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Regarding finances, matrimonial matters deal with equitable distribution and support. The equitable distribution process consists of identifying the assets, valuing them and distributing them. The support process consists of determining the income available for support and allocating the income among the parties and their children. In simple cases, identifying and valuing assets and determining the income available for support is generally a straight forward process. This article addresses cases with complex financial issues which may or may not involve large marital estates with funds to pay fees.

A complex case exists when:

  • There are multiple assets or liabilities;
  • There are determinations to be made as to whether an asset is marital or nonmarital;
  • Income (cash flow) must be determined and attention must be given to perquisites, cash, or the sources of income;
  • The parties’ perceptions of income or value vary dramatically; and/or
  • The parties’ income is volatile or declining.

These cases generally require the services of a forensic accountant to render an opinion on the financial issues in dispute. (This article assumes there is a joint or court appointed accountant, but the forensic mediation process works equally well with individually retained accountants.) Often, the issues involve income, cash flow, lifestyle and the valuation of assets. If testimony is required, the expert must render an opinion based on sufficient evidence and sound accounting, financial and valuation theory, and prepare a report that can withstand cross-examination.

In complex divorce litigation, expert witness services are difficult to provide in a timely and cost effective manner. First, because of its adversarial nature, matrimonial litigation is time consuming and costly. Second, protracted discovery including the investigation of allegations of unreported income and perquisites make the process even more costly. Third, the parties sometimes have unrealistic expectations which cause them to take unreasonable positions thus protracting the proceedings even further. If the experts form very differ opinions of asset value and available income, the time and costs multiply.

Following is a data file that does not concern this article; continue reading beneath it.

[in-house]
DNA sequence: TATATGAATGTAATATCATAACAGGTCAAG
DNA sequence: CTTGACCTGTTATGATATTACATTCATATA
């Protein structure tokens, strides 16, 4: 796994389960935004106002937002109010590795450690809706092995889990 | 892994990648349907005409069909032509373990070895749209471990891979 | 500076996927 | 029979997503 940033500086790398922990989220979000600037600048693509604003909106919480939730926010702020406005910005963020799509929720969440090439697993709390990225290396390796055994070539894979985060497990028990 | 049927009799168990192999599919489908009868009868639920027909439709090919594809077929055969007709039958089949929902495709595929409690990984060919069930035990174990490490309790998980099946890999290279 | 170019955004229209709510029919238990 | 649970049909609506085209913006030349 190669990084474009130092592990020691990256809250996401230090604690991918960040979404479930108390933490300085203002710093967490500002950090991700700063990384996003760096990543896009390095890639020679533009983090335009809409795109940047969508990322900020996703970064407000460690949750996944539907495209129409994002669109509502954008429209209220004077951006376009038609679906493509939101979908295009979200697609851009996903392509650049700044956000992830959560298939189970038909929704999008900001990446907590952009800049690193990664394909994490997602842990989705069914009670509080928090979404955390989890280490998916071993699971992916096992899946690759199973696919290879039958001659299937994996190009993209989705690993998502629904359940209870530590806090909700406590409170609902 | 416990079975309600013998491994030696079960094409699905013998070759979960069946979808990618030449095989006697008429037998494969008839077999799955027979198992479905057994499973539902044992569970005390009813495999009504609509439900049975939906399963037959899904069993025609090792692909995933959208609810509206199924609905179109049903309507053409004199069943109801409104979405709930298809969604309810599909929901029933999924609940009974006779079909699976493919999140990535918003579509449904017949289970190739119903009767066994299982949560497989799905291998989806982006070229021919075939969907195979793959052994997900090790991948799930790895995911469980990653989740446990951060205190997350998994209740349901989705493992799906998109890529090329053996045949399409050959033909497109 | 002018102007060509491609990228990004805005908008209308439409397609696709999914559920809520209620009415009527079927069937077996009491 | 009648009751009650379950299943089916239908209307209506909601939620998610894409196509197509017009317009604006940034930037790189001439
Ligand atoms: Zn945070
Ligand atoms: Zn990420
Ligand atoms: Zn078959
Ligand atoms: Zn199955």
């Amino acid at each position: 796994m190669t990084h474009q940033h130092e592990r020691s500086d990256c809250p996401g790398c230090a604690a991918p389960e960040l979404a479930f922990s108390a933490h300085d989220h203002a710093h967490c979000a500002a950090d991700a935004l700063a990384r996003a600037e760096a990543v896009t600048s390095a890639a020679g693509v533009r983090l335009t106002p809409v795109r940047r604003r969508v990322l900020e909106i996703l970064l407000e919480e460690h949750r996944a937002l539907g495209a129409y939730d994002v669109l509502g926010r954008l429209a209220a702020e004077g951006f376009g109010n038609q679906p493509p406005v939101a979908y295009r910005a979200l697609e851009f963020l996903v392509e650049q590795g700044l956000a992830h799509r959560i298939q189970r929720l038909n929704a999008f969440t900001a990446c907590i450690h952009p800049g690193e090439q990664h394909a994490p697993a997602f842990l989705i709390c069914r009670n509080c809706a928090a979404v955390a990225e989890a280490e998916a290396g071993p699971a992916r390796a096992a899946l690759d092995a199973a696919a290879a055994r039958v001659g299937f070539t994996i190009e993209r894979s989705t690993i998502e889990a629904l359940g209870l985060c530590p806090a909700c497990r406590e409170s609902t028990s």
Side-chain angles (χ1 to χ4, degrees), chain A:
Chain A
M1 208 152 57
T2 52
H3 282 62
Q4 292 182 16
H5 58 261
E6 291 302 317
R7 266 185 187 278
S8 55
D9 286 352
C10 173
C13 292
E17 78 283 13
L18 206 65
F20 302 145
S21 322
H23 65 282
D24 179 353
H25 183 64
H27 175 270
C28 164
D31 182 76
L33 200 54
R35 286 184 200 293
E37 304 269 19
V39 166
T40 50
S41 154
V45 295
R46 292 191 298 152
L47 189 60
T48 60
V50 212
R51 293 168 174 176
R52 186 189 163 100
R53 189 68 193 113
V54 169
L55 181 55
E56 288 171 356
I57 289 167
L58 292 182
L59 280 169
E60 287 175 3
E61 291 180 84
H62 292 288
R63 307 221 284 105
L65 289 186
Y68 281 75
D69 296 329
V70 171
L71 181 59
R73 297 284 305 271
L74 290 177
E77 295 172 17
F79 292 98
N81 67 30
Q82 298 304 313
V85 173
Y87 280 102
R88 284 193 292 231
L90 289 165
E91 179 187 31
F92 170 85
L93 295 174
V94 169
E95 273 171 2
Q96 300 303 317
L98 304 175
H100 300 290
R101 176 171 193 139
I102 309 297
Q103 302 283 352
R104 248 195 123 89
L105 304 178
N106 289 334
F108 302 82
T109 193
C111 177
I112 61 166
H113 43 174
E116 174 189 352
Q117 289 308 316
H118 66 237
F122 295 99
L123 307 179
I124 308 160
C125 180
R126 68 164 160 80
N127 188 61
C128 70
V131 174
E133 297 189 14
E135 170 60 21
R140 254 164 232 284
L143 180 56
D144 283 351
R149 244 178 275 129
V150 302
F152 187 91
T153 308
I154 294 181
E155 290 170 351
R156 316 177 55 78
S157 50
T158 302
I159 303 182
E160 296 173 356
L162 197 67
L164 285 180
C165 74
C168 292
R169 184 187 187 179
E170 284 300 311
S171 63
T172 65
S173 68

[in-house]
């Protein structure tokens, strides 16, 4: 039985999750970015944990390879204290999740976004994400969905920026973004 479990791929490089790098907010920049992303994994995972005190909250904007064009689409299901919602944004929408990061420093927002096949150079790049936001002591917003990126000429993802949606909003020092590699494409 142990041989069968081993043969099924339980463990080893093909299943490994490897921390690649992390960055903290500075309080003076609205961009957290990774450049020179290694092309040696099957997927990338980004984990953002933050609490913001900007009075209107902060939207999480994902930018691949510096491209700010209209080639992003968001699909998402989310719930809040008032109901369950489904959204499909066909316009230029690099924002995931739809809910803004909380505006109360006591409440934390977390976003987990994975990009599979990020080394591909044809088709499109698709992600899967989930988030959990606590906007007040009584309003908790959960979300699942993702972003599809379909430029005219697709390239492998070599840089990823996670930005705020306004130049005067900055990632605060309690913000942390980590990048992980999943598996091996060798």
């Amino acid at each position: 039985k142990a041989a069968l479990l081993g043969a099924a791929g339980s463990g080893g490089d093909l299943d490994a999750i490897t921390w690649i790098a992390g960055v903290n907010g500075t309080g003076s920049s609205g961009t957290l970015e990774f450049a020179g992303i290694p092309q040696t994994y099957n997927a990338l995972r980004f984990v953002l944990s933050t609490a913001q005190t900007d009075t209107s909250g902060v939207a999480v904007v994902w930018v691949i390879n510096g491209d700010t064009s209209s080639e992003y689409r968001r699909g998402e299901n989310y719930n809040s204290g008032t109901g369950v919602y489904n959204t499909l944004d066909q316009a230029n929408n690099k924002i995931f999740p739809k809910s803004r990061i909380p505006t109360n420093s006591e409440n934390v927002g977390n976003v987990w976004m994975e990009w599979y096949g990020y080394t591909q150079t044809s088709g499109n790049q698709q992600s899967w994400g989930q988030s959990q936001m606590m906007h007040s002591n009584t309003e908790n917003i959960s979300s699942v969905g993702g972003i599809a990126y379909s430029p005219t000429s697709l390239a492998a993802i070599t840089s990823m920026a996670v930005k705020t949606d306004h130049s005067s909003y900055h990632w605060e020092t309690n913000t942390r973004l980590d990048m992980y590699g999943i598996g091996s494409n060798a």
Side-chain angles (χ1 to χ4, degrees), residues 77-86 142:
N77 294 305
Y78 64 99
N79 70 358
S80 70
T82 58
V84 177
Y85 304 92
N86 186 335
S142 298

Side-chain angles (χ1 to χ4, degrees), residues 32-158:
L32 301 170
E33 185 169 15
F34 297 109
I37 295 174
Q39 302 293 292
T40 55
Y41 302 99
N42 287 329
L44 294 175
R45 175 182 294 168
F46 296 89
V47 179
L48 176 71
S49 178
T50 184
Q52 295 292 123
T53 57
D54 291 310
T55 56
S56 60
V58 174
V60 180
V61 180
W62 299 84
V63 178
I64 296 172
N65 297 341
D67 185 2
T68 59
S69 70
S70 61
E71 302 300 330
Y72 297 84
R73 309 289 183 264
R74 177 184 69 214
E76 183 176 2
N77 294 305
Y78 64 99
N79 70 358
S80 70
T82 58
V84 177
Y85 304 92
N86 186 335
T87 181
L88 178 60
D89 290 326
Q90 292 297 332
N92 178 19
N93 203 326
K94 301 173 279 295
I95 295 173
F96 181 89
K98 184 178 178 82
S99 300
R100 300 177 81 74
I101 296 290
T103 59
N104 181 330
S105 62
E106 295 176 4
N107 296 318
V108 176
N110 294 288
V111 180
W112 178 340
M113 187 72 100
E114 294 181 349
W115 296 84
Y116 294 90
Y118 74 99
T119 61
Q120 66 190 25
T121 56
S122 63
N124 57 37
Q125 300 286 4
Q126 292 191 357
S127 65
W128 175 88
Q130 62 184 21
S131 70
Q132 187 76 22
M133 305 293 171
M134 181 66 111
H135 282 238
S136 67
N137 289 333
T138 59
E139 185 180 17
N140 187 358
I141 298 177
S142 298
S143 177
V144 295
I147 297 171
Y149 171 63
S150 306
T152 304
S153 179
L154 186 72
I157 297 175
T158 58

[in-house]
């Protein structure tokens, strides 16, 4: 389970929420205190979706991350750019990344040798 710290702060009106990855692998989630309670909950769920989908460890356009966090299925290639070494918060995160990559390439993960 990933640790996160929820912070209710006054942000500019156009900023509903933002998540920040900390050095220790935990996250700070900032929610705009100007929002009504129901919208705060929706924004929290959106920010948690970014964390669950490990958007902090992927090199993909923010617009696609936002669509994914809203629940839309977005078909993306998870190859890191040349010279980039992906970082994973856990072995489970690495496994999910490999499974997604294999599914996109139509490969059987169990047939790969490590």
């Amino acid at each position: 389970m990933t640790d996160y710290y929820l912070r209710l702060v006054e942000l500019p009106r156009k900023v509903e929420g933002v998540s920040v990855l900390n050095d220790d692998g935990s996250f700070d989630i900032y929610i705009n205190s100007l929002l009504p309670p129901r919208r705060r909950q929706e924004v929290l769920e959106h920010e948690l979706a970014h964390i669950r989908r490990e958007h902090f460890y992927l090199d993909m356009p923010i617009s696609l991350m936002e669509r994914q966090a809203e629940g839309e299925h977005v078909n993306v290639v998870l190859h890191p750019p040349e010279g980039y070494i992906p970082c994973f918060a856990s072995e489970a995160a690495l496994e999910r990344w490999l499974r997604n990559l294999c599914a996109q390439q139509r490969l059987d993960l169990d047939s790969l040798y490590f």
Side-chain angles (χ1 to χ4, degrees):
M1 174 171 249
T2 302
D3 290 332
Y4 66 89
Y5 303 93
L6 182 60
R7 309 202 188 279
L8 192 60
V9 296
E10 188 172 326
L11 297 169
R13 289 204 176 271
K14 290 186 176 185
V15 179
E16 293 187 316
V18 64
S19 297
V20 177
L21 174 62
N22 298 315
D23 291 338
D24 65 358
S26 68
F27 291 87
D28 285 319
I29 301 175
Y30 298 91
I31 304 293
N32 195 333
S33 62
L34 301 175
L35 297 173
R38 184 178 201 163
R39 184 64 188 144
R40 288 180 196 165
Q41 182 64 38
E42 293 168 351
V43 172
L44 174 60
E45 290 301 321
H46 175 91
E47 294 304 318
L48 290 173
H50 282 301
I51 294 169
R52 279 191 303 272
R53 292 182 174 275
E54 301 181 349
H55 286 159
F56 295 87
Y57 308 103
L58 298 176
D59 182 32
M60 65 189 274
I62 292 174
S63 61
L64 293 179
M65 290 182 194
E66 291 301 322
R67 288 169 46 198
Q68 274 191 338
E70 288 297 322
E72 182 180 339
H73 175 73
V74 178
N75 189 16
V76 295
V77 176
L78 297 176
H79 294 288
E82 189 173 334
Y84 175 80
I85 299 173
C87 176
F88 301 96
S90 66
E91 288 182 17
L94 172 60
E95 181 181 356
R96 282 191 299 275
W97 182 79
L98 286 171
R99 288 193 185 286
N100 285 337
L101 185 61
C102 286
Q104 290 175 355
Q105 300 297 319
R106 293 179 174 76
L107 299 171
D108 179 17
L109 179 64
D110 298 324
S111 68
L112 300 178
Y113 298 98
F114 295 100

Litigants often complain that reports take too long to prepare and are too costly. However, litigants also want a thorough, well-documented accounting review set forth in a report, which the expert can defend in court. The challenge is to do the work required to form an opinion in this most difficult setting within the time frames prescribed by the court and with reasonable costs considering the size of the marital estate and the issues in dispute.

In these matters, litigants complain that accounting and legal fees are out of control. The professionals complain that they are not paid. Courts hold frequent case management conferences, appoint forensic accountants, mediators and Blue Ribbon Panels, but nothing seems to work. No one seems satisfied with the process. We believe that a process we term “forensic mediation” can be part of a solution. Forensic mediation is an interactive process in which the discovery, income determination and valuation are broken into manageable pieces, and the forensic investigation is integrated with the mediation process. This process will work for matters with complex issues even if the parties wish to limit discovery based on a cost benefit analysis. (The concepts and principles discussed in this article are not new. They have been used by experienced mediators and judges, most notably the Honorable Thomas P. Zampino J.S.C. (Ret.))

Suggested Process